15 Houseplants That Will Spice Up Your Holiday Decor

Holidays are the perfect time to take a few steps back into your comfort zone, unplug your body and mind from work overload, have a taste of new environments, bond with the people that matter the most, and live healthier. As such, it's important to revamp your home to match the festive vibes and prepare it for all the activities ahead. To that end, Peake Real Estate suggests decluttering and securing your home; stocking your pantry; organizing your refrigerators; and, for the sake of this article, planning your decor.

When planning your holiday decor, Setting for Four writes, choose your color scheme and theme wisely. If you're opting for bohemian beauty, elegant country, Scandinavian, or rustic theme, you can never escape bringing the outdoors indoors. And the good thing is, there's a lot to be achieved with decor plants: You can dress up your pots, hang light fixtures and ornaments on the plants, and even make festive stakes, as noted by Green Lady Garden. But it all boils down to choosing the right plants, and we found the 15 best houseplants for holiday home decoration.


From Ferrari to Sweet Lillian, there are plenty of stunning varieties of amaryllis (Hippeastrum) you can use as decor. Amaryllis & Caladium Bulb Co. notes that they are easy-to-bloom flowering plants originating in the tropical regions of South America. To elevate your dining table with amaryllis during the festive period, Funny How Flowers Do That recommends stringing a handful of the flower stalks together, hanging them over the table, and mounting some on the walls.

Bloom Season: Late December, late June

USDA Growing Zone: 7b to 10

Growing Conditions: Sun and shade

Soil Type: Rich, well-drained soil

Size: 18 to 36 inches tall, 8 inches wide


Poinsettias (Euphorbia pulcherrima) are ornamental plants native to Mexico. They have clusters of tiny yellow flowers and can be quite finicky about temperature. According to The Mercury News, they're known as Christmas Eve flowers in Mexico, and the legend is that they came to be when a little girl had nothing but weeds to give baby Jesus on Christmas. When she prayed at the altar, those weed plants changed into the first-ever poinsettias.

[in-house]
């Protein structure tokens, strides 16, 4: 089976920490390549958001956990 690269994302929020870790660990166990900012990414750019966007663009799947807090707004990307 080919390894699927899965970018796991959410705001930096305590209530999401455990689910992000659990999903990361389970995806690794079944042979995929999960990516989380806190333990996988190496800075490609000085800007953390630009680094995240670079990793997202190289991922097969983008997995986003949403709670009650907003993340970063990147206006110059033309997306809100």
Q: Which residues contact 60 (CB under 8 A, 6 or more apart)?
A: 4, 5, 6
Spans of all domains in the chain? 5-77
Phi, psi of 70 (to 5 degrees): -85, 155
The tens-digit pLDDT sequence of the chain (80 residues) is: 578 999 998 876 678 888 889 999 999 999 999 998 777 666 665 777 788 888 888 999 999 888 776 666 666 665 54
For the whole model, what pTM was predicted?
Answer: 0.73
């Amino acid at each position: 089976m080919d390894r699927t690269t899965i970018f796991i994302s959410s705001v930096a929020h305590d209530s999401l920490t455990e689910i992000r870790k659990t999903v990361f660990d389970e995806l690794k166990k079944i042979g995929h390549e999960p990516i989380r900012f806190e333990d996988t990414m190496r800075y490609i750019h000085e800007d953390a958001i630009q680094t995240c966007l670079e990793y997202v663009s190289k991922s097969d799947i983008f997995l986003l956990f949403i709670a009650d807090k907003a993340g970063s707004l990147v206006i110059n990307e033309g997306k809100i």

Bloom Season: Winter

USDA Growing Zone: 9 to 11

Growing Conditions: Full or partial sunlight (temperatures between 65 and 70 degrees F)

Soil Type: Moist soil

Size: 3 to 10 inches tall, 3 to 7 inches wide

Holiday cactus

Holiday cacti (Schlumbergera) are a group of three long-lived plants, namely the Christmas cactus, the Thanksgiving cactus, and the Easter cactus. The University of Minnesota Extension explains that they are planted for their ornamental flowers that bloom when the days become shorter in the winter. You can spruce up your holiday decor with hand-decorated pots of holiday cacti, as suggested by ​​Ted Lare Design + Build.

Bloom Season: Late fall, mid-winter

USDA Growing Zone: 9 to 11

Growing Conditions: Moderate light and direct sun

Soil Type: Well-draining soil with a high proportion of organic matter

Size: 6 to 12 inches tall, 12 to 24 inches wide


Tree2MyDoor describes the holly shrub (Ilex aquifolium) as having grey, smooth trunks, glossy and spiky dark-green leaves, and bright red berries. These evergreen plants are synonymous with Christmas, and people have been "decking their halls" with them for centuries. Include these shrubs in your winter decor by hanging them around the fireplace or Christmas tree and making a holly wreath.

Bloom Season: Early spring, early summer

USDA Growing Zone: 5 to 9

Growing Conditions: Full sun or slightly shaded

Soil Type: Moist, well-drained loam, clay, or chalky

Size: 6 to 50 feet tall, 3 to 40 feet wide

Shooting star hydrangea

Shooting star hydrangea (Hydrangea macrophylla) is a deciduous shrub featuring white double-star-shaped flowers and mid-green leaves, per The Royal Horticulture Society. Other than being a great holiday decor, shooting star hydrangea also makes the perfect holiday gift, according to McDonald Garden Center.

Bloom Season: Early summer, early fall

USDA Growing Zone: 5 to 9

Growing Conditions: Partial or full sunlight

Soil Type: Moist but well-drained, slightly acidic

Size: 3 to 6 feet tall, 3 to 6 feet wide


Britannica explains that cyclamen (genus Cyclamen) is a Middle Eastern and European native perennial flowering herb with kidney-shaped leaves, capsular fruits, and spiral-shaped flowers. OnMilwaukee suggests using it as a dressing for dinner tables, party favors, and centerpieces.

Bloom Season: Fall, winter, and spring

USDA Growing Zone: 5

Growing Conditions: Cool, humid environment

Soil Type: Well-drained, rich in humus

Size: 6 to 16 inches tall, 6 to 9 inches wide